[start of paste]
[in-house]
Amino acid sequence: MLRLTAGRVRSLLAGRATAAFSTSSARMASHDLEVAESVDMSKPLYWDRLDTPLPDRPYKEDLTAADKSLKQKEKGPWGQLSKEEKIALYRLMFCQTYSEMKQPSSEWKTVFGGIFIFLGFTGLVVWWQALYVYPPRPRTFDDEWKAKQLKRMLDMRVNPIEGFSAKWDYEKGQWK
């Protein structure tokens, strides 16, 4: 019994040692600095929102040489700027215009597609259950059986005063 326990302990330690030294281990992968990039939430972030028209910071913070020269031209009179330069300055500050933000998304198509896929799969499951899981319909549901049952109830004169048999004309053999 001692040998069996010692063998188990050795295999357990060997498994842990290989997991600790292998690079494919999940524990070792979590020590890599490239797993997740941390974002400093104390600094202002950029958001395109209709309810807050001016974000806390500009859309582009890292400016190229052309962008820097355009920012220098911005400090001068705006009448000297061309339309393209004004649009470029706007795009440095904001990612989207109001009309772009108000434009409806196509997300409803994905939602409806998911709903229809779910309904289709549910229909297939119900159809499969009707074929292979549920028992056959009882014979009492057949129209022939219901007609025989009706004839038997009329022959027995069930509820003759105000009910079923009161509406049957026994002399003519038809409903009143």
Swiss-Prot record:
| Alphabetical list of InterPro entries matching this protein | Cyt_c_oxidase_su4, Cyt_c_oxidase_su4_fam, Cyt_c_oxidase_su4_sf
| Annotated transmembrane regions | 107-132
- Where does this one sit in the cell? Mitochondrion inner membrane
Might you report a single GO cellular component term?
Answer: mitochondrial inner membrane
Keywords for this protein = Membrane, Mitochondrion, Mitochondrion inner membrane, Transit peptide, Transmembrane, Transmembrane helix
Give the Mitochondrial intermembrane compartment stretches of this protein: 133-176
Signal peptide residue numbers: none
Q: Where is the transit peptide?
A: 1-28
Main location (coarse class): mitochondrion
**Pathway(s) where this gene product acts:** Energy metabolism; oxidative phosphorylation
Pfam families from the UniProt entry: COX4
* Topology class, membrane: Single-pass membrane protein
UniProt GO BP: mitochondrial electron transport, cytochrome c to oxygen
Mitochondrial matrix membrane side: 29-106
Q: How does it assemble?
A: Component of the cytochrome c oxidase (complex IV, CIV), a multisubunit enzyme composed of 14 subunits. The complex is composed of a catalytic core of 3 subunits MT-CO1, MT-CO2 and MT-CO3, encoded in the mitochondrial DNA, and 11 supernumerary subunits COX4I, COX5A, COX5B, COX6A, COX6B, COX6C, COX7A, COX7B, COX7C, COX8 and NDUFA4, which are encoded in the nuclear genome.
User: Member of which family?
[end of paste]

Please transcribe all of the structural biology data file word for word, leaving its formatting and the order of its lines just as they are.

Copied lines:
[in-house]
Amino acid sequence: MLRLTAGRVRSLLAGRATAAFSTSSARMASHDLEVAESVDMSKPLYWDRLDTPLPDRPYKEDLTAADKSLKQKEKGPWGQLSKEEKIALYRLMFCQTYSEMKQPSSEWKTVFGGIFIFLGFTGLVVWWQALYVYPPRPRTFDDEWKAKQLKRMLDMRVNPIEGFSAKWDYEKGQWK
């Protein structure tokens, strides 16, 4: 019994040692600095929102040489700027215009597609259950059986005063 326990302990330690030294281990992968990039939430972030028209910071913070020269031209009179330069300055500050933000998304198509896929799969499951899981319909549901049952109830004169048999004309053999 001692040998069996010692063998188990050795295999357990060997498994842990290989997991600790292998690079494919999940524990070792979590020590890599490239797993997740941390974002400093104390600094202002950029958001395109209709309810807050001016974000806390500009859309582009890292400016190229052309962008820097355009920012220098911005400090001068705006009448000297061309339309393209004004649009470029706007795009440095904001990612989207109001009309772009108000434009409806196509997300409803994905939602409806998911709903229809779910309904289709549910229909297939119900159809499969009707074929292979549920028992056959009882014979009492057949129209022939219901007609025989009706004839038997009329022959027995069930509820003759105000009910079923009161509406049957026994002399003519038809409903009143």
Swiss-Prot record:
| Alphabetical list of InterPro entries matching this protein | Cyt_c_oxidase_su4, Cyt_c_oxidase_su4_fam, Cyt_c_oxidase_su4_sf
| Annotated transmembrane regions | 107-132
- Where does this one sit in the cell? Mitochondrion inner membrane
Might you report a single GO cellular component term?
Answer: mitochondrial inner membrane
Keywords for this protein = Membrane, Mitochondrion, Mitochondrion inner membrane, Transit peptide, Transmembrane, Transmembrane helix
Give the Mitochondrial intermembrane compartment stretches of this protein: 133-176
Signal peptide residue numbers: none
Q: Where is the transit peptide?
A: 1-28
Main location (coarse class): mitochondrion
**Pathway(s) where this gene product acts:** Energy metabolism; oxidative phosphorylation
Pfam families from the UniProt entry: COX4
* Topology class, membrane: Single-pass membrane protein
UniProt GO BP: mitochondrial electron transport, cytochrome c to oxygen
Mitochondrial matrix membrane side: 29-106
Q: How does it assemble?
A: Component of the cytochrome c oxidase (complex IV, CIV), a multisubunit enzyme composed of 14 subunits. The complex is composed of a catalytic core of 3 subunits MT-CO1, MT-CO2 and MT-CO3, encoded in the mitochondrial DNA, and 11 supernumerary subunits COX4I, COX5A, COX5B, COX6A, COX6B, COX6C, COX7A, COX7B, COX7C, COX8 and NDUFA4, which are encoded in the nuclear genome.
User: Member of which family?